Allusions to Christ in whose footsteps Saint Francis endeavoured to follow are familiar to most readers. Similarly, his well-known focus on Creation that he celebrated in the Canticle to Creation and the Incarnation that he celebrated by re-enacting the Nativity at Greccio are clear signals of his gratitude for the Father’s unfathomable love for us. For this reason, we do well to examine the intimate relationship that he developed with the Holy Spirit.

The poverello makes a telling statement about the nature of his relationship with the Holy Sprit, in union with the Trinity, in his letter to Saint Clare and her sisters regarding the form of life that they are to adopt: “Since by divine inspiration you made yourself daughters and servants of the most high King, the heavenly Father, and have taken the Holy Spirit as your spouse, choosing to live according to the perfection of the holy Gospel (i.e. in the way of Christ), I resolve and promise for myself and for my brothers always to have that same loving care and special solicitude for you as I have for them.”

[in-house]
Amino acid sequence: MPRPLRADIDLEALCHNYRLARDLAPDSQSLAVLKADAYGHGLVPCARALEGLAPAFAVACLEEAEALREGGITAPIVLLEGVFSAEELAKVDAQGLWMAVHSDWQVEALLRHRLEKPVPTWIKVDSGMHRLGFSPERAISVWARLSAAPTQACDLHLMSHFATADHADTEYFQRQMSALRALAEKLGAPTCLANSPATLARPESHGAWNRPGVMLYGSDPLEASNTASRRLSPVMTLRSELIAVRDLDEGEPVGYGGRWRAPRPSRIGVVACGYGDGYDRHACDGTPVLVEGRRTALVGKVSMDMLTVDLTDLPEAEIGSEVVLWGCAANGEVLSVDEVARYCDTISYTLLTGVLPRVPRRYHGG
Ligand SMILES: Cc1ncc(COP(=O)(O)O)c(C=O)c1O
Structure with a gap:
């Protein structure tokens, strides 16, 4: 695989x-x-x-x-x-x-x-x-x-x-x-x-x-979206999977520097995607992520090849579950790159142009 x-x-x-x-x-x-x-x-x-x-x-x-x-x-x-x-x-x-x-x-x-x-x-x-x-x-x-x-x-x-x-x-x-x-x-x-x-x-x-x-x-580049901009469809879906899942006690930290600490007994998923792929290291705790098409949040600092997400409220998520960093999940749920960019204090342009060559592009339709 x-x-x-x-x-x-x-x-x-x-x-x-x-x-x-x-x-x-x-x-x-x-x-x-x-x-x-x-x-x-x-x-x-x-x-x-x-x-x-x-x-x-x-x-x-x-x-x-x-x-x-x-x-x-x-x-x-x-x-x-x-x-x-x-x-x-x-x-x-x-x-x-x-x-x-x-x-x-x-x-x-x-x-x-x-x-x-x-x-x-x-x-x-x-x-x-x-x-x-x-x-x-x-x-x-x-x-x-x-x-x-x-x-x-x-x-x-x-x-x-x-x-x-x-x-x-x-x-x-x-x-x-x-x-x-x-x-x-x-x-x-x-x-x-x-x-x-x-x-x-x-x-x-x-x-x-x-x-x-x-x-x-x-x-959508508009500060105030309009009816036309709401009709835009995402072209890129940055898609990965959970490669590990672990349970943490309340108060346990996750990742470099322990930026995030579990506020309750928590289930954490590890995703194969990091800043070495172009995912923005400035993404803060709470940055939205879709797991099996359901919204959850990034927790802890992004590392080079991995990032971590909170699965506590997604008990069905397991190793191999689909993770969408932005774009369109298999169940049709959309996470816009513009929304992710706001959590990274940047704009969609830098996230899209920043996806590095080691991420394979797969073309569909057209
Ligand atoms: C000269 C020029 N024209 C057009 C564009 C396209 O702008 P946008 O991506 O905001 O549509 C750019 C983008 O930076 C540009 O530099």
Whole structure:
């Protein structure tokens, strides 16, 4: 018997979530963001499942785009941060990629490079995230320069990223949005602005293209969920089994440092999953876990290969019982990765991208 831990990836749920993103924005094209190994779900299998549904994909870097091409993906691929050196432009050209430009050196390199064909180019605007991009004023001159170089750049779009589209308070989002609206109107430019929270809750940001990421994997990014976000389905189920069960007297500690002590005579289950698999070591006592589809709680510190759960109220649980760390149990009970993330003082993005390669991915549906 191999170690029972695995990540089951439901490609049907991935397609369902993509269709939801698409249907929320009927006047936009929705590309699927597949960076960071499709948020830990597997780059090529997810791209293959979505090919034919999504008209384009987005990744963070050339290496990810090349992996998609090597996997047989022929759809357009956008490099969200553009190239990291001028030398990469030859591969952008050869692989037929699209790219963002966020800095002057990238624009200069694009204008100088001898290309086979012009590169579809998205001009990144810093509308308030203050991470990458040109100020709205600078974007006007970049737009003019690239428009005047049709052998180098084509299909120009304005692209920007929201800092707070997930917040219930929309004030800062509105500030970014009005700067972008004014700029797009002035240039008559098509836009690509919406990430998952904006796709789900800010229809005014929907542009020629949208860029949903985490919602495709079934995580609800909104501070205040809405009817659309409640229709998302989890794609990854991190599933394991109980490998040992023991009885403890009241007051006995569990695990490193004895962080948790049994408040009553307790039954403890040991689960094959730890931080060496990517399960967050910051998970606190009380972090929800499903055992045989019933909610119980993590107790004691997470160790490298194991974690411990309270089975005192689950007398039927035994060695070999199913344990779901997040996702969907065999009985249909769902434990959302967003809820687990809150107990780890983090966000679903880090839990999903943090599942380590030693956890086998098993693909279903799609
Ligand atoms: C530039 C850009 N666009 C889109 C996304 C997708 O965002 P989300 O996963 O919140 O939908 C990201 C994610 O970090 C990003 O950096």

By your grace alone, may we make our way to You, Most High, Who live and rule in perfect Trinity and simple Unity, and are glorified, God all-powerful, forever and ever. Amen.
– Prayer at the conclusion of Saint Francis’ Letter to the Entire Order

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Some regard Saint Bonaventure (1217-1274) as the “second founder” of the Franciscan order as well as the “chief architect of its spirituality.” Certainly, he is a towering figure of medieval scholasticism and did succeed in presenting the mystical intuitions of Saint Francis in sound theological language. For this reason, he is often referred to as the “seraphic doctor.” Saint Bonaventure integrated the Saint’s view of the Trinity but added a twist of his own. In the process, it made it the flagship doctrine of his own spirituality. “Although cosmic in its scope, it was distinctively Christian in its content, grounded on the doctrine of the Trinity,” wrote Ewert Cousins in his introduction to Bonaventure (Paulist Press, 1978)

In The Tree of Life, for instance, a work that is sometimes used as a framework in spiritual direction, Saint Bonaventure demonstrates the degree to which his Christology is situated within the context of his theology of Trinity. Trinity is also a major theme of his landmark work The Soul’s Journey Into God.